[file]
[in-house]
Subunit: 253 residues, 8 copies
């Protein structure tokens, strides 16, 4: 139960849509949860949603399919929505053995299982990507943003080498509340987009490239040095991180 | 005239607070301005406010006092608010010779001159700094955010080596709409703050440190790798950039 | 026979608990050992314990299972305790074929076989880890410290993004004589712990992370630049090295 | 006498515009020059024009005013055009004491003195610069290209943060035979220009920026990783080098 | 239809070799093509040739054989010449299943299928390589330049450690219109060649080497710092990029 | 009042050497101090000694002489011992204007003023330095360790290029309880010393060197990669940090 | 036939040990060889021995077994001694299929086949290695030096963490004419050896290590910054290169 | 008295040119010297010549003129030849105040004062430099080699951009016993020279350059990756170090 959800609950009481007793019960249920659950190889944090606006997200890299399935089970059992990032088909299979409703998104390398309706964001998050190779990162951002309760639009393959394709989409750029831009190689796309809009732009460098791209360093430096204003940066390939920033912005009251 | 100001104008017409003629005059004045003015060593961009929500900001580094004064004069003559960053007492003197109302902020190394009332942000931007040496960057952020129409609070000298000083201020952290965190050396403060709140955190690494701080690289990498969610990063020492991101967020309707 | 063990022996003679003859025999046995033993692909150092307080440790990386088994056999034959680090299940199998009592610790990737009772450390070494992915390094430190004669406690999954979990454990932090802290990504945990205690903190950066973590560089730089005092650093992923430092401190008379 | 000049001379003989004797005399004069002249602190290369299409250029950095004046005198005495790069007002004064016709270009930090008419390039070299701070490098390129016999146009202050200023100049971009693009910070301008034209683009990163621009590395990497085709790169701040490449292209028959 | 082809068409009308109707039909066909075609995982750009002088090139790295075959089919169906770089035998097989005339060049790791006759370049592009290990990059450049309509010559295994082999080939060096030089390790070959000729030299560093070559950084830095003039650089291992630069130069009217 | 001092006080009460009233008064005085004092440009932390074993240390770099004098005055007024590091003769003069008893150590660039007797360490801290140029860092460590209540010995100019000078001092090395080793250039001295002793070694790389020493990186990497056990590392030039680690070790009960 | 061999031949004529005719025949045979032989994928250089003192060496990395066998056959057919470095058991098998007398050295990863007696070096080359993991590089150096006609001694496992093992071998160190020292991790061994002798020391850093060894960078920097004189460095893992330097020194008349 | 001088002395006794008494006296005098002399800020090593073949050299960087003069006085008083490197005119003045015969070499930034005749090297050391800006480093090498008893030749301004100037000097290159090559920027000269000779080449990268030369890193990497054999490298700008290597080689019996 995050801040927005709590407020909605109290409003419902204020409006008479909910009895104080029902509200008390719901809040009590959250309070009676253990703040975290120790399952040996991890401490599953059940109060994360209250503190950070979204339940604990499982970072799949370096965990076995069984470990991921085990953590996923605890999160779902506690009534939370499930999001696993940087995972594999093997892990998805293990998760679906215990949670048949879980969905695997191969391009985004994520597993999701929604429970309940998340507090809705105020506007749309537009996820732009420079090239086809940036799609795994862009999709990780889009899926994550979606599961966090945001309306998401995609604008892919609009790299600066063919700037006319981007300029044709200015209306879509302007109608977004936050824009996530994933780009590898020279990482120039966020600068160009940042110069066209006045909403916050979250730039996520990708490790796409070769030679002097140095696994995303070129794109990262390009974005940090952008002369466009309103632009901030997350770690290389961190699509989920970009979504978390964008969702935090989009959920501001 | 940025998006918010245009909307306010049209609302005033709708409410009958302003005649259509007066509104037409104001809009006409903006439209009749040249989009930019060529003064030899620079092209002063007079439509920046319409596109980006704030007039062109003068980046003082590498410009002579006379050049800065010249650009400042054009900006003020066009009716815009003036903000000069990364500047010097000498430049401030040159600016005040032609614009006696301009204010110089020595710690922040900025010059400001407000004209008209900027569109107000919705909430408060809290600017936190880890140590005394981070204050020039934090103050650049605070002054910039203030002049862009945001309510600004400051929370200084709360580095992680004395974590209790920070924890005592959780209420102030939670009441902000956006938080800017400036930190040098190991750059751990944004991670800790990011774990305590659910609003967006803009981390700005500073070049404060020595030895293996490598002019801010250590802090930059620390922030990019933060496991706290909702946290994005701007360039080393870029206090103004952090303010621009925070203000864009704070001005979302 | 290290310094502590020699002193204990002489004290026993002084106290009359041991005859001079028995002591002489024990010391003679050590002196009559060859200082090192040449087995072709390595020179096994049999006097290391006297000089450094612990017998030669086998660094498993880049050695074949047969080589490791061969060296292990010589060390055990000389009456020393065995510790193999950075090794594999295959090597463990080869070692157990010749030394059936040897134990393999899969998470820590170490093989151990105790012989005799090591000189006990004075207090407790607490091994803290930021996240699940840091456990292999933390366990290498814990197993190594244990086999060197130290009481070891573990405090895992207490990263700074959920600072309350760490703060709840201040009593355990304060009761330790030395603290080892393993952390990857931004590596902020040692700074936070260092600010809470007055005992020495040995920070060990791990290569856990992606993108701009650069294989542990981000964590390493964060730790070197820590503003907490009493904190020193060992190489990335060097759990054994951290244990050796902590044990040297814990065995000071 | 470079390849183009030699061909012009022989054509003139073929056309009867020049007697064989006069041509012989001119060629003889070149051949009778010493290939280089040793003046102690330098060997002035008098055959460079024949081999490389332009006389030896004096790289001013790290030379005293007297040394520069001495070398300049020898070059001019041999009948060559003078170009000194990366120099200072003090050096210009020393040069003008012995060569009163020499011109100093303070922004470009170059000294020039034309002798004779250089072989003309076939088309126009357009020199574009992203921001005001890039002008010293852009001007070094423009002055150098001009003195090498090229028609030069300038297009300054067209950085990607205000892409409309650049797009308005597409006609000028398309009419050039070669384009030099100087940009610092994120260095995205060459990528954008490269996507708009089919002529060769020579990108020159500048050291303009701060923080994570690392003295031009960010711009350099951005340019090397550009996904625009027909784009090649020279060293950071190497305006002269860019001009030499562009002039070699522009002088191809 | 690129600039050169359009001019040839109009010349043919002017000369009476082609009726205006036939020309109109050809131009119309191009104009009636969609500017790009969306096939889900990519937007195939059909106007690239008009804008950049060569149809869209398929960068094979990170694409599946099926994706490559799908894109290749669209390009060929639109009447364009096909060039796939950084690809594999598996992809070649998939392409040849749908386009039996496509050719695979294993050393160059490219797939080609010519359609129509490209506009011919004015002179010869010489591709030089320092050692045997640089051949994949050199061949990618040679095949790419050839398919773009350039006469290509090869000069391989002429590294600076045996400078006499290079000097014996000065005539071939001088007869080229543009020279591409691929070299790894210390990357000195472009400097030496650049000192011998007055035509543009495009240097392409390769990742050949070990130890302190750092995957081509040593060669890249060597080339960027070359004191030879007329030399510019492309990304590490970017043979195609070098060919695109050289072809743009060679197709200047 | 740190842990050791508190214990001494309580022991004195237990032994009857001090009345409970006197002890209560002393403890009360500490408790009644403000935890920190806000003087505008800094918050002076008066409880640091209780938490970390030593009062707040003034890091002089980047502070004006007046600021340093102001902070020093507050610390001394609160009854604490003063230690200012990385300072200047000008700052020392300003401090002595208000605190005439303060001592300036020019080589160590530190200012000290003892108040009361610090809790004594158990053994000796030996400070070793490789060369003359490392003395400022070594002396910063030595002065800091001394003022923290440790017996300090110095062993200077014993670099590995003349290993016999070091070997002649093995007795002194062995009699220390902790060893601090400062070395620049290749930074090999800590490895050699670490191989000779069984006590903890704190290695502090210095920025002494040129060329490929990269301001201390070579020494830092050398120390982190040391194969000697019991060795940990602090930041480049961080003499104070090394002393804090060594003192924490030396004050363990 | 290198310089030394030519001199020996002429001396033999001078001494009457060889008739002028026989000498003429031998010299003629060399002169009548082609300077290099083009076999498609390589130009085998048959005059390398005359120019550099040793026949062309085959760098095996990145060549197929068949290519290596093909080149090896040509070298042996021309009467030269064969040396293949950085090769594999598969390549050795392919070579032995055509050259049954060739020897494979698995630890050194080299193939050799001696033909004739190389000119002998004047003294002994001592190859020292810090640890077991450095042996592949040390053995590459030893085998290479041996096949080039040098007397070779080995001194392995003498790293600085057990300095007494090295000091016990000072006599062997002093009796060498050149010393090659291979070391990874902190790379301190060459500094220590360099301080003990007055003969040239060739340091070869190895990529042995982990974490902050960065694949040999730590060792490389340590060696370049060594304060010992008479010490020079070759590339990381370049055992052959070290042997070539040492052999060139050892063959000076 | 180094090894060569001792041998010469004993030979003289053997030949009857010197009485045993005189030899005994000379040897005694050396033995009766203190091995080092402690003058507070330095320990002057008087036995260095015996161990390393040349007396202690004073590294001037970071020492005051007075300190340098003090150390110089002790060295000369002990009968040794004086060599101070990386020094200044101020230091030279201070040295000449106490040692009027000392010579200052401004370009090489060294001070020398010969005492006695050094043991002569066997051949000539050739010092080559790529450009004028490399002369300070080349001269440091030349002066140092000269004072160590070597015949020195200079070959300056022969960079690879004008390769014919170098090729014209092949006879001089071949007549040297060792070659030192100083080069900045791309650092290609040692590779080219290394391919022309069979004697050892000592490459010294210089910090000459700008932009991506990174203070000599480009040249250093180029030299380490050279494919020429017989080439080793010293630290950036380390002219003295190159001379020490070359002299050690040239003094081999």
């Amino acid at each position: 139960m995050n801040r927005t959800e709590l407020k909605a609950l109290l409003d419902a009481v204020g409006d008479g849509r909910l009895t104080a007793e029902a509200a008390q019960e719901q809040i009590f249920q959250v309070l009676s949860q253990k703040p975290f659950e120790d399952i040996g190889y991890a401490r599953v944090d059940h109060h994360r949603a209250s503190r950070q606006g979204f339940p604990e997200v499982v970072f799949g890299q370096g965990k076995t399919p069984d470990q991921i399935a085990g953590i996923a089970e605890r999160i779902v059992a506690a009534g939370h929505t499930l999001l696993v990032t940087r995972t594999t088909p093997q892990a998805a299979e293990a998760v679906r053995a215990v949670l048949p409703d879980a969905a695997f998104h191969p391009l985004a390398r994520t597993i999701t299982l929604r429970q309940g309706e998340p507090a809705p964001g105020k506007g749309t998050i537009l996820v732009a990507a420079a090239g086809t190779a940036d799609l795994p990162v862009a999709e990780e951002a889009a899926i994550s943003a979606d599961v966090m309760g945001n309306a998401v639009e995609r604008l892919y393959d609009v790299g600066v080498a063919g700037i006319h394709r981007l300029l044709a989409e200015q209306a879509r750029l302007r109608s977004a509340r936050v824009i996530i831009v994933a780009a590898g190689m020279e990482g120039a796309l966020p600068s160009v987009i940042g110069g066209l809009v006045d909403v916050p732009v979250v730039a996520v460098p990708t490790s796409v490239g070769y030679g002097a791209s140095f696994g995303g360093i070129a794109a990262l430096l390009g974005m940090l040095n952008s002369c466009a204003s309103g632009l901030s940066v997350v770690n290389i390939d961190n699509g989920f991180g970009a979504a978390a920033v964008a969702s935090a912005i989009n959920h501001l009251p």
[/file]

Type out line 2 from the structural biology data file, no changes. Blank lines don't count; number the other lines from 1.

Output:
Subunit: 253 residues, 8 copies